Barcelona, Spain

Barcelona Through New, Yet Older Eyes

“It’s…like…in your face amazing. Wow!”: My mom’s first words when we got out of the metro station at Passeig de Gracia.  I had just pointed out Casa Batllo was directly across the street and it blew her away.  She said she imagined Gaudi’s architecture to be tucked away, maybe more like a garden or museum space, but not lining the streets alongside regular buildings.  It was even better when I could point out that Casa Mila was also just up the street on the way to our Airbnb.  Off to a good start in Barcelona!

Our host suggested eating at a spot on Placa de Rius, the neighborhood plaza.  Cadaques had a tasty tortilla, and it was also a good time to introduce my mom to pan con tomate which we ordered at about every meal.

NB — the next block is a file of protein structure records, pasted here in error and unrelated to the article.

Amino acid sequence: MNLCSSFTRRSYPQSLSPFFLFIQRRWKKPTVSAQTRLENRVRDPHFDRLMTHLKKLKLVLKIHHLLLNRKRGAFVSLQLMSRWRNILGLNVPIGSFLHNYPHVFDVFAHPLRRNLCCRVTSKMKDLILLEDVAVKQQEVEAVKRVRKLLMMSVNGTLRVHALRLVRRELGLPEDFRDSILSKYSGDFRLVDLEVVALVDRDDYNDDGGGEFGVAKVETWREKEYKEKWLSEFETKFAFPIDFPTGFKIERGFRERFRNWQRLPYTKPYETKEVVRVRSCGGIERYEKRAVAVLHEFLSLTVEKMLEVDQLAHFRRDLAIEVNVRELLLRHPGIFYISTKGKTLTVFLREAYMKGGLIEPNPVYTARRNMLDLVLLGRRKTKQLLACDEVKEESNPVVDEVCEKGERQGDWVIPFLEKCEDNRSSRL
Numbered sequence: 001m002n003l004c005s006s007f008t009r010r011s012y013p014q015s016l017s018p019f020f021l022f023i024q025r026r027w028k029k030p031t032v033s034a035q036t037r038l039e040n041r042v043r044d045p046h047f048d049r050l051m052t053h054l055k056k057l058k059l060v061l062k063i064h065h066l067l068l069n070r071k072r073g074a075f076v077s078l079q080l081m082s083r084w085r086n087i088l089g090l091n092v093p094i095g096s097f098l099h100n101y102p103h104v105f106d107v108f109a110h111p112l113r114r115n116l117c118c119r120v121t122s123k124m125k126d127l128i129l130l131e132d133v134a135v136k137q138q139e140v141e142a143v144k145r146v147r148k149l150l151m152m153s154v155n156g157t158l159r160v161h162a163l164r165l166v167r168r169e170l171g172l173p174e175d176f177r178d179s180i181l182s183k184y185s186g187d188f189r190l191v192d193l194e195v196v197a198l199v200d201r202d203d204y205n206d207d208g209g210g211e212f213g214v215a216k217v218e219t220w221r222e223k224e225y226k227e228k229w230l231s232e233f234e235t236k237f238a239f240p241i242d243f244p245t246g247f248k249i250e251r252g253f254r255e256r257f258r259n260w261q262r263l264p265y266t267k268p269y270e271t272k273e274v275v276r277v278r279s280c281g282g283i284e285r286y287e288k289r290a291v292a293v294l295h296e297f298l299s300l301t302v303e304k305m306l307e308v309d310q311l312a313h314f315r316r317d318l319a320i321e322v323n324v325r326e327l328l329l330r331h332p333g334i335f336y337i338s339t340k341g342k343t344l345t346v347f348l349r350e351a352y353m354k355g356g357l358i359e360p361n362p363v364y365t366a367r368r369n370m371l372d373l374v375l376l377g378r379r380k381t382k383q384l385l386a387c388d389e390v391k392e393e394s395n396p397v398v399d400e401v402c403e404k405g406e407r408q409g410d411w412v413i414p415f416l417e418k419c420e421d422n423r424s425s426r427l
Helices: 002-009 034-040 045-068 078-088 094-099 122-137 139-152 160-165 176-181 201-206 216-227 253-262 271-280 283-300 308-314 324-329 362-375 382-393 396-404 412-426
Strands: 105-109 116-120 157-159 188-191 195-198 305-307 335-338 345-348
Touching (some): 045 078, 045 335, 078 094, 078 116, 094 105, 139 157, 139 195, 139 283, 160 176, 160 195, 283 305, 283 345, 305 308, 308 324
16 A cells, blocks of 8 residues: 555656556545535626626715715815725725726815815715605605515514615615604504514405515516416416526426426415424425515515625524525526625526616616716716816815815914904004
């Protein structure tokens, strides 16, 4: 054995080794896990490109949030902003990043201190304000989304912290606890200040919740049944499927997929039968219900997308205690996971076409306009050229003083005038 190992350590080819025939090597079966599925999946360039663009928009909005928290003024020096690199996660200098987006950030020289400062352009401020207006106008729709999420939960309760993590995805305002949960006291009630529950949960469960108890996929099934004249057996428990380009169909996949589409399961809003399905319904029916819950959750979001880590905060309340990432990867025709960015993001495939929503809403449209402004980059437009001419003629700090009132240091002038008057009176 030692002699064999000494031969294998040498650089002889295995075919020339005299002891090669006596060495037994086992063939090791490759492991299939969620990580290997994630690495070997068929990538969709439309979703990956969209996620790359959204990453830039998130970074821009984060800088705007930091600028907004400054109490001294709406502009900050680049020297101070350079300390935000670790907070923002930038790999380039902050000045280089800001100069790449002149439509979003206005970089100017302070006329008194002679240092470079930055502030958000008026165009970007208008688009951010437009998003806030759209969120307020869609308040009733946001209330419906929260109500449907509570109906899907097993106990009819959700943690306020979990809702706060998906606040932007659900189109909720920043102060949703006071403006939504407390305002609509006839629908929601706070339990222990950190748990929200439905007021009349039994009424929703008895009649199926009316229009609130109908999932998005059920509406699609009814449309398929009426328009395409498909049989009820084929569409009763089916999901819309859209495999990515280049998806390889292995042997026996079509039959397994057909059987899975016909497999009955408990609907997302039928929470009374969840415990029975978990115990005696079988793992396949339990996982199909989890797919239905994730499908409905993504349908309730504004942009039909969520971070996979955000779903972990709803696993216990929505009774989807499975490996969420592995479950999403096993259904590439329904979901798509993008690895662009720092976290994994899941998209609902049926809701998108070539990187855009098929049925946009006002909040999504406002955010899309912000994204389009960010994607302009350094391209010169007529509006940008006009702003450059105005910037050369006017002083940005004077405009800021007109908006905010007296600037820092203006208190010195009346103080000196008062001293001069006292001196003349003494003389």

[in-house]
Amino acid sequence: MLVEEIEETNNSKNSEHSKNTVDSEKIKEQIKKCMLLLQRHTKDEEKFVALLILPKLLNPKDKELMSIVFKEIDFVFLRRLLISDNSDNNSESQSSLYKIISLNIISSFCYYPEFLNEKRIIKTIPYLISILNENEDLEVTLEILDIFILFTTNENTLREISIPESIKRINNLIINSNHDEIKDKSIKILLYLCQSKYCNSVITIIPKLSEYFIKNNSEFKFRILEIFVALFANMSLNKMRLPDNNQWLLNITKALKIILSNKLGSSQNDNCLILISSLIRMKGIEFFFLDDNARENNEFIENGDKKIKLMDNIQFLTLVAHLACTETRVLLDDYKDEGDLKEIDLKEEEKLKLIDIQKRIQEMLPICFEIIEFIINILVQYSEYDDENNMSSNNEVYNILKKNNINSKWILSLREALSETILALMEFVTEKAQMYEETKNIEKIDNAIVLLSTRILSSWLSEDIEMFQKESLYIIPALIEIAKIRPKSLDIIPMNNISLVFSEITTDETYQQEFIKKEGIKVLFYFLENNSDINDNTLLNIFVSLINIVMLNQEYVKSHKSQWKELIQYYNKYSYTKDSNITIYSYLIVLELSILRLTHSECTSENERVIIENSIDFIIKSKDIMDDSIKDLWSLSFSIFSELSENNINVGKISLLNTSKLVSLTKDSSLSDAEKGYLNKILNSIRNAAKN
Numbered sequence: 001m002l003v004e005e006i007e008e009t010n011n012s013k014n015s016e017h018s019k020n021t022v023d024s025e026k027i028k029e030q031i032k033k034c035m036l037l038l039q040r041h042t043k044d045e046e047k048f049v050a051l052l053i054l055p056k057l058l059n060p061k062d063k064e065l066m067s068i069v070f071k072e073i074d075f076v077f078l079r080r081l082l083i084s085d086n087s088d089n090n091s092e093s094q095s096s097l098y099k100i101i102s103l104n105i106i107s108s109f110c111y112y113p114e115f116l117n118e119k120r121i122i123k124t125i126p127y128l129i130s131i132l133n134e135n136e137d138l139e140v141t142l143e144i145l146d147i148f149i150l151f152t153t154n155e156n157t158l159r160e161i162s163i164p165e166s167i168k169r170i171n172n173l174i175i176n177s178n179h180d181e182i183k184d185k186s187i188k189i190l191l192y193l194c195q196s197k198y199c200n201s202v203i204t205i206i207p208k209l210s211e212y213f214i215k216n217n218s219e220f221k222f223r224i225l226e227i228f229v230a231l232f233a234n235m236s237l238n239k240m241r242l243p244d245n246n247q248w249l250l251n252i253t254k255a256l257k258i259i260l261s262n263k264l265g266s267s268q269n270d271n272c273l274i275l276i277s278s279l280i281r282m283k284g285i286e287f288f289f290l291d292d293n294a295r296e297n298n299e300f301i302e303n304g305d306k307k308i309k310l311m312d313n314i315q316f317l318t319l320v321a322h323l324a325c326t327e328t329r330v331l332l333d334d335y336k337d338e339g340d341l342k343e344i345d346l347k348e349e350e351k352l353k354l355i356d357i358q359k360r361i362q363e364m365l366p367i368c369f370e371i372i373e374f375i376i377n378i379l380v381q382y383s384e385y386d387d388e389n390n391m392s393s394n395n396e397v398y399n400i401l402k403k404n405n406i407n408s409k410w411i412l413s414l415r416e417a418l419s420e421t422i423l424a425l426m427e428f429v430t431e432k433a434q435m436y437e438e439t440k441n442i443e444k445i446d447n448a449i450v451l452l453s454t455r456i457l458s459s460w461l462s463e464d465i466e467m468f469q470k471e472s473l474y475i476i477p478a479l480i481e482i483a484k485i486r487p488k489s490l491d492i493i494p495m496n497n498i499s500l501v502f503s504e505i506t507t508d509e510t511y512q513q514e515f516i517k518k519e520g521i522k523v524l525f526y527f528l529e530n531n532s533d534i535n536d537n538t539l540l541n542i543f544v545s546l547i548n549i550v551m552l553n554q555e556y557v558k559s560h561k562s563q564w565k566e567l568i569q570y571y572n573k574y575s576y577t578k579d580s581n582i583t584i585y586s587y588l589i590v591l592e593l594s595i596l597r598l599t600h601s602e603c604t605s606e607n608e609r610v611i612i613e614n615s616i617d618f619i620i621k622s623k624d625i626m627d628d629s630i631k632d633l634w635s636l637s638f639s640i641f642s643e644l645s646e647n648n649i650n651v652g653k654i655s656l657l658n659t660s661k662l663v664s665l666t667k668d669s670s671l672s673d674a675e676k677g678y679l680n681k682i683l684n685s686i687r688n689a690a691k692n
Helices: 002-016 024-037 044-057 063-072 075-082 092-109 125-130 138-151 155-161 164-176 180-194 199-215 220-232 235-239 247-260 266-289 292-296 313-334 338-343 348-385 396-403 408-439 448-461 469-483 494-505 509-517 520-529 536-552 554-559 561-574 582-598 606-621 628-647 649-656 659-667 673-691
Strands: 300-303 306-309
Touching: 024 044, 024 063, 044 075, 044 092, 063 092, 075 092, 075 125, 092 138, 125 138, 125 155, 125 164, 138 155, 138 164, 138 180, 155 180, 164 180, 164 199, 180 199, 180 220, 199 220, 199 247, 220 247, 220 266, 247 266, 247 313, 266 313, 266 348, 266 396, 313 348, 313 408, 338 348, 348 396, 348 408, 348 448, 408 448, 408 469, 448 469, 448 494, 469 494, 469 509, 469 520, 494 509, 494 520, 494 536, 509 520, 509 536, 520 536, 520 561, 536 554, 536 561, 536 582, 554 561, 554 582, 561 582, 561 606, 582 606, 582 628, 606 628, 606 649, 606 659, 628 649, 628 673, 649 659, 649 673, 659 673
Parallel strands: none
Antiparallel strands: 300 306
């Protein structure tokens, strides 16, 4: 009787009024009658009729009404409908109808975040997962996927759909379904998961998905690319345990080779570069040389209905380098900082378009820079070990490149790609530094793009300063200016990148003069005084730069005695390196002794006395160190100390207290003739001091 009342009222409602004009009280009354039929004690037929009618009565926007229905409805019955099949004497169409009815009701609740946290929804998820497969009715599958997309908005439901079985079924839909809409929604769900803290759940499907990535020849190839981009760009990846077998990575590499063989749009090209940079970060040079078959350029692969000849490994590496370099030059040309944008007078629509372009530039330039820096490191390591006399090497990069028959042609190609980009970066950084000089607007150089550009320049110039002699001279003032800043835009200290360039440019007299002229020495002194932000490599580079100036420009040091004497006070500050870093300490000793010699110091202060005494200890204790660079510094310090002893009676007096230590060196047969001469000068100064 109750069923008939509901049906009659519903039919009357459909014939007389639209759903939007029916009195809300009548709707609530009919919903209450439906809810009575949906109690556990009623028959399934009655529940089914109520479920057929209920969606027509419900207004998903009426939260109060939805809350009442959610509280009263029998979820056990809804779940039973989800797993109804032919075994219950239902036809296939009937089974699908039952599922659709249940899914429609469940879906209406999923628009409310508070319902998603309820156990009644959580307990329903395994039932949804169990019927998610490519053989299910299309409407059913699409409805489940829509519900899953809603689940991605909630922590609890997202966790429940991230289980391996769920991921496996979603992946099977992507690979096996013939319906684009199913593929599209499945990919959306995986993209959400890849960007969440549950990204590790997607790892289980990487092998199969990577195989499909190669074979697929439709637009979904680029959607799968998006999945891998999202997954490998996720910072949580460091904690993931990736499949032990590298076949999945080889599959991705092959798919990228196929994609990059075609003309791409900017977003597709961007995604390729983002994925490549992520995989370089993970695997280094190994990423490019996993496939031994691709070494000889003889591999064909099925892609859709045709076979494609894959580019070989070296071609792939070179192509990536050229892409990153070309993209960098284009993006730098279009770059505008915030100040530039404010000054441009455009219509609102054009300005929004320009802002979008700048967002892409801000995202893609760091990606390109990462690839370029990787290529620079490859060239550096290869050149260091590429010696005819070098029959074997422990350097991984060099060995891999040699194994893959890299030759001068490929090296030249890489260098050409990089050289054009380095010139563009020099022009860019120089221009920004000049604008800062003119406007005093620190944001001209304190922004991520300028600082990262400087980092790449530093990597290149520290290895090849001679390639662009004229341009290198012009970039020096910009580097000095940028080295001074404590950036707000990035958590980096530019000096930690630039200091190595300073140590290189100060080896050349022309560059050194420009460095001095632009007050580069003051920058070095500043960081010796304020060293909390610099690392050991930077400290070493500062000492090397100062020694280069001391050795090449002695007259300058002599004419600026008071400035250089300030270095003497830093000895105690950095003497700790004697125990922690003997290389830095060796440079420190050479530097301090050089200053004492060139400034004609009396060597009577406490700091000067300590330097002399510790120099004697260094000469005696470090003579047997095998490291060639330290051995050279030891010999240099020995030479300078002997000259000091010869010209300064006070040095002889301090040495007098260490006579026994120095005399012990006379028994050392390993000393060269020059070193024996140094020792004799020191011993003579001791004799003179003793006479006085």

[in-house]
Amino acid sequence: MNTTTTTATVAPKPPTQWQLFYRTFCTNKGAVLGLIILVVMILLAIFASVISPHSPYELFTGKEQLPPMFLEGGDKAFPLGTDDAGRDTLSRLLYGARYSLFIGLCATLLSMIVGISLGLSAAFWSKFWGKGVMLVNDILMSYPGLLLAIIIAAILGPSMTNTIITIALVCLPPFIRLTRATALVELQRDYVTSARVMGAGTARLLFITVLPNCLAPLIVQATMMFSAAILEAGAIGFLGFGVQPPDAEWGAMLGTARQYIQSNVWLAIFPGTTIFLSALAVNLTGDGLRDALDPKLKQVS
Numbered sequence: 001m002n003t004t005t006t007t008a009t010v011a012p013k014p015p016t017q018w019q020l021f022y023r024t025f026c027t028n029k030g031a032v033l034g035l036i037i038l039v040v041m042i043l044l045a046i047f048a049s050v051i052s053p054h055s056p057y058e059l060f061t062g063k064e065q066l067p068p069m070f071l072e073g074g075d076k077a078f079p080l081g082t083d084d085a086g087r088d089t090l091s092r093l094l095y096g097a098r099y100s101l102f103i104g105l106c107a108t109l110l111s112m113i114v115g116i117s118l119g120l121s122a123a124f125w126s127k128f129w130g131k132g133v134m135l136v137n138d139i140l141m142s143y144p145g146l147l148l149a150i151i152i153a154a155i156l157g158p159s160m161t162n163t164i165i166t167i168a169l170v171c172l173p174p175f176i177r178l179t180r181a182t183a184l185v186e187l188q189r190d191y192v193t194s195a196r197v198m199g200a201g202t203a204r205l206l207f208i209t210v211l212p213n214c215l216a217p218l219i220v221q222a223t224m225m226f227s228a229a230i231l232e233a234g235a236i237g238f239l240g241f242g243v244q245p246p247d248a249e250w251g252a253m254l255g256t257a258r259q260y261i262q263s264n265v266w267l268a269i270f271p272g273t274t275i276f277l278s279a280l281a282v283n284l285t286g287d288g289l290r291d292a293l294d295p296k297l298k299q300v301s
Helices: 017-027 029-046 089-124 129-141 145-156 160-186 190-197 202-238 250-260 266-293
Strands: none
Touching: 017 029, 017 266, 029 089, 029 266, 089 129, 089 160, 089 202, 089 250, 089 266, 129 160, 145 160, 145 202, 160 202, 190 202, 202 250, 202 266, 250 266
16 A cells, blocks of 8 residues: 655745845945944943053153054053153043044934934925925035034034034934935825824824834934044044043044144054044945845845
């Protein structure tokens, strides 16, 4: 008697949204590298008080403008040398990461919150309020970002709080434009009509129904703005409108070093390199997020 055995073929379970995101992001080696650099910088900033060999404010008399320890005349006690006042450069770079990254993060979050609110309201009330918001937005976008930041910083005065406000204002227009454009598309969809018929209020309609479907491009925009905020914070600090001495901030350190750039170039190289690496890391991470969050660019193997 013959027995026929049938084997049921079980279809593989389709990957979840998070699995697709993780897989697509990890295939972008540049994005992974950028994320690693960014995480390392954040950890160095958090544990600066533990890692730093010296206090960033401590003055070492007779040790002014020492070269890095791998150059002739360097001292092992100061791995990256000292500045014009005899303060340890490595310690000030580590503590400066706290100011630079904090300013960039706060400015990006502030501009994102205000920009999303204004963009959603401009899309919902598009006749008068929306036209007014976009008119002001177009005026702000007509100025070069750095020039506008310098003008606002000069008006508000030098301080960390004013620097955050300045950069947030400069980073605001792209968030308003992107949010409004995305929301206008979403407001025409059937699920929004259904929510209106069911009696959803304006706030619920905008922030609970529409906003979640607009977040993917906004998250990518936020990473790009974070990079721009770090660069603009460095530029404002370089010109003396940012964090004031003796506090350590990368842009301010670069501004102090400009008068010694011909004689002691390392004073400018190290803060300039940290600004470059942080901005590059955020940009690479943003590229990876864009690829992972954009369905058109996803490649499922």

It began to pour as we navigated our way to La Sagrada Familia so we caught a cab to ease the journey.  La Sagrada Familia is the belle of the ball in Barcelona.  My mom’s face was priceless, numerous times over.  We both loved how much Gaudi paid hommage to the natural world by incorporating organic structures into his designs.  The columns built like tree trunks, the window panes like bee hive hexagons, and the stone arches like the rib cage of a while.

With the sun now shining, the next step was Park Guell.  My mom conquered the steps up to the look out above most of the park.  We just missed the last entry ticket into the Gaudi pavilion, but enjoyed the structures free to the public.